Yes, most of the wool I've dyed is wool from garments I've found at thrift stores, but wool can be purchased "new" from many sources and many quilt shops also carry wonderful hand dyed wool--and there's a time and a place for each source. Much of what I've been doing lately is overdying wool, which means that I take wool that is already patterned and/or colored in its weave or dyed a particular color, and I dye over what is already there. The results are varied and interesting. So much so that I dyed four more batches today, although I'll re-do one of them because what I dyed turned out much too pale for my needs.

I think this answers all the recent questions that I remember, but if you had a question and I didn't answer it here, please let me know. And make sure you schedule some "play time" for yourself soon!

Monday, March 22, 2010

A Tisket, a Tasket,

. . . a VERY yummy basket!

Wool dyeing continued today. The wool in the basket above is the result of two days' efforts; the photo below shows what was accomplished today.

Wool dyeing is a very tiring chore requiring frequent, short naps! Uh-oh, it looks like I woke up one of my assistants.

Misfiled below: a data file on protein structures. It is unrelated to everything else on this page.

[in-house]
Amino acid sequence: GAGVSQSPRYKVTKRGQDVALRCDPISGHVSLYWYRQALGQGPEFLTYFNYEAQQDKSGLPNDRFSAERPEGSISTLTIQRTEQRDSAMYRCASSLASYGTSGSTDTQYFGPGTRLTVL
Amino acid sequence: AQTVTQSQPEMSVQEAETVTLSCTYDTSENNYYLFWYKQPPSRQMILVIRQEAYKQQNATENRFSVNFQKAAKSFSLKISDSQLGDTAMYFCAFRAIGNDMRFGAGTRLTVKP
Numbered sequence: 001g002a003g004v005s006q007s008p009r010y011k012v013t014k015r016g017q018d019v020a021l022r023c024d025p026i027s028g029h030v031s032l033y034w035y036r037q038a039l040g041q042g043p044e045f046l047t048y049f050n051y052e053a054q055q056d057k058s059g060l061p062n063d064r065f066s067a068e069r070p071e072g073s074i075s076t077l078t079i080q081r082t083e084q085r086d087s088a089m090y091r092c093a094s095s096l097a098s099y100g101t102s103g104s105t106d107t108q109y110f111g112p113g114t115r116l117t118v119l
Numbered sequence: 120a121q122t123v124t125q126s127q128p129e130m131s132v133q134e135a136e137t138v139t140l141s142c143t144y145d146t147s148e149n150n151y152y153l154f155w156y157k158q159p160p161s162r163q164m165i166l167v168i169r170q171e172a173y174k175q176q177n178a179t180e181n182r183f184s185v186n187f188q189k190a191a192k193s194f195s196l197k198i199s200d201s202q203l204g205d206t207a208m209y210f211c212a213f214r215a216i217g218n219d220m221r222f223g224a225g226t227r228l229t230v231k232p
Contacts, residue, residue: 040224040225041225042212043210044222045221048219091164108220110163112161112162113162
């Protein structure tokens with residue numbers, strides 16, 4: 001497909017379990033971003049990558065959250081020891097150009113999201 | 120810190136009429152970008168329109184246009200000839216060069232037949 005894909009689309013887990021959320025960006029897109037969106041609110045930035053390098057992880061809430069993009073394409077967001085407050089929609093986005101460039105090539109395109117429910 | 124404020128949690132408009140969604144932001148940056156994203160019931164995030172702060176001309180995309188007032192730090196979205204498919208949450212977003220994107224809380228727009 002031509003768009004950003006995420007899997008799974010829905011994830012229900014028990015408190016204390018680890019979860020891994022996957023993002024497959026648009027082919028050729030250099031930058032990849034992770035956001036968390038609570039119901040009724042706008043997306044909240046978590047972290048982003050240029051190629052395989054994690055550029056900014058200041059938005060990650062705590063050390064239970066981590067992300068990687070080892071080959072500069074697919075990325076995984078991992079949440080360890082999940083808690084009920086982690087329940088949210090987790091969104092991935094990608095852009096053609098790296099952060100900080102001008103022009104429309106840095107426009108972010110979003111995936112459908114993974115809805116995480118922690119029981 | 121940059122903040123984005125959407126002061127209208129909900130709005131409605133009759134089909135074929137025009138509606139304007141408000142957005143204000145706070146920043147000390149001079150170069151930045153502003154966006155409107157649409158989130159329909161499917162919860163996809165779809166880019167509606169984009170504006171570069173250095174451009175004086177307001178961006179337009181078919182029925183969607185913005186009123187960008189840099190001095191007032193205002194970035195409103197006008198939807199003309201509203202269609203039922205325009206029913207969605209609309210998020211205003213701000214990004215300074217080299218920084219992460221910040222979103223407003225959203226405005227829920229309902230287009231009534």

Yep, I still have THIS MUCH wool left on the Wild Child's former bed so I COULD keep going, but I think that's enough for today unless I muster up more enthusiasm tonight. I've just cleaned up the kitchen, so it's not very likely, but then again, it sure is FUN!

Sunday, March 21, 2010

A Trip to the Rainbow Sheep Ranch

Maybe you noticed I didn't post last night. The reason behind that is two-fold: (1) my hands/arms have been bothering me the last couple days and so I haven't been doing any sewing and not much typing and (2) as a consequence of my inactivity, I wasn't doing much that was worth blogging about. I did manage to read Love Mercy by Earlene Fowler and I've nearly finished Quilt as You Go by Arlene Sachitano. Both good books. Yeah, I could have blogged about that last night except not the part about Quilt as You Go because that's the one I read today. So . . . it sure would have been a short post.